Romansy 16 pp 113-120 | Cite as

Estimation of Leg Stiffness Parameters of a 6DOF Parallel Mechanism

  • Józef Knapczyk
  • Michał Maniowski
Part of the CISM Courses and Lectures book series (CISM, volume 487)


The paper describes a novel algorithm for estimation of the stiffness parameters of a 6DOF parallel mechanism with a known topology and geometry. The mechanism is composed of a platform guided by six or more legs with Spherical-Prismatic-Universal joints. A substitute compliance of each leg is modelled by linear springs in the P-joints. Such structure has a broad application in robotics, machining tools, and car suspension systems. The stiffness parameters of the legs are considered as unknown or hard to measure directly. These parameters are estimated using as an input data the spatial displacements of the platform from an initial pose, measured under specified quasi-static loads. The presented method is exemplified on a five-rod wheel guiding mechanism of an actual passenger car. Results of the mechanism measurements carried out on a test stand are used. Five static rates of elastomeric bushings installed in the mechanism rods are determined taking into account the influence of the measurement noise.


Machine Tool Stiffness Parameter Spatial Displacement Dimensional Synthesis Spring Rate 
These keywords were added by machine and not by the authors. This process is experimental and the keywords may be updated as the learning algorithm improves.


Unable to display preview. Download preview PDF.

Unable to display preview. Download preview PDF.


  1. Carbone, G., and Ceccarelli, M. (2004). A procedure for Experimental Evaluation of Cartesian Stiffness Matrix of Multibody Robotic Systems. In Proc. ROMANSY, Montreal, Canada, 1–9.Google Scholar
  2. Daney, D., and Emiris, I.Z. (2004). Identification of Parallel Robot Kinematic Parameters under Uncertainties by Using Algebraic Methods. Proc. of the 11 th World Congress in Mechanism and Machine Science, Tianjin, China.Google Scholar
  3. Davidson, K., and Hunt, K. (2004). Robots and Screw Theory. Oxford University Press.Google Scholar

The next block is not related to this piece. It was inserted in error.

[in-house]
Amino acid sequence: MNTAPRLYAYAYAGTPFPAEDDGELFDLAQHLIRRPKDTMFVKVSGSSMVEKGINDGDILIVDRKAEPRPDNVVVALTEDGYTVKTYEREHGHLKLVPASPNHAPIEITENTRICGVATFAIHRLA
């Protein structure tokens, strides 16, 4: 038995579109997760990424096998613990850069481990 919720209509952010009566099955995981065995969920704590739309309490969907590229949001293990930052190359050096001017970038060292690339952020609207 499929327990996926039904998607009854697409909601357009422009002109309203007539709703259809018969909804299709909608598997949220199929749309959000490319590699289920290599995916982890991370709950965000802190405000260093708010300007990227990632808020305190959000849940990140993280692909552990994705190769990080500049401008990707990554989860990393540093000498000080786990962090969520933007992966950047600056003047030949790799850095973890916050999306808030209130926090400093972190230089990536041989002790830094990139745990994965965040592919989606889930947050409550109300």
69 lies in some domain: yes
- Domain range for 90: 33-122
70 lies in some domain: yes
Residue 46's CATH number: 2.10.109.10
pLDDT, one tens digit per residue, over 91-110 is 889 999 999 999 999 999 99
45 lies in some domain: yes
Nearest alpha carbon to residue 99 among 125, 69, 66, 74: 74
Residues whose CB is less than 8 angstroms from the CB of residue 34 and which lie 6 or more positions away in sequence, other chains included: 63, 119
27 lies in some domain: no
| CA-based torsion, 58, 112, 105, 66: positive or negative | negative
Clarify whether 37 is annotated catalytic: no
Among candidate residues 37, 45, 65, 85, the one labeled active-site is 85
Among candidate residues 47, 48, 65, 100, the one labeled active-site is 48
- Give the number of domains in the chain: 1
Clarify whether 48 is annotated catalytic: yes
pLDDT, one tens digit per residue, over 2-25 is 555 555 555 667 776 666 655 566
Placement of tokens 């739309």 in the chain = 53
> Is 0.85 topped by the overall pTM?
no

4. Knapczyk, J., and Dzierżek, S. (1995). Displacement and force analysis of five-rod suspension with flexible joints. Trans. ASME, Journal of Mech. Design, Vol. 117, 532–538.Google Scholar
  5. Knapczyk, J., and Maniowski, M. (2006-a). Synthesis of a five-rod suspension for given load-displacement characteristics. Proc. Instn. Mech. Engrs, Part D: J. Automobile Eng, paper submitted for publication.Google Scholar
  6. Knapczyk, J., and Maniowski, M. (2003). Dimensional synthesis of a five-rod guiding mechanism for car front wheels. The Archive of Mechanical Engineering, Vol. 50, No 1, 89–116.Google Scholar
  7. Knapczyk, J., and Maniowski, M. (2006-b). Elastokinematic modeling and study of five-rod suspension with subframe. Mechanism and Machine Theory, paper accepted for publication in vol. 41.Google Scholar
  8. Maggiolaro, M.A., Dubowski S., and Mavroidis C. (2005). Geometric and elastic error calibration of a high accuracy patient positioning system. Mechanism and Machine Theory, 29, 415–427.CrossRefGoogle Scholar
  9. Thomas, M., Yuan-Chou, H.C., and Tesar, D. (1985). Optimal Actuator stiffness distribution for robotic manipulators based on local dynamic criteria. Proc. of IEEE Int. Conf. on Robotics and Automation, 275–281.Google Scholar
  10. Using MATLAB, Version 6 (2000). The Math Works Inc.Google Scholar
  11. Scheaffer, R., and McClave J. (1986). Probability and Statistics for Engineers. PWS-KENT, Boston.Google Scholar

Copyright information

© CISM, Udine 2006

Authors and Affiliations

  • Józef Knapczyk
    • 1
  • Michał Maniowski
    • 1
  1. 1.Institute of Automobiles and Internal Combustion EnginesCracow University of TechnologyPoland

Personalised recommendations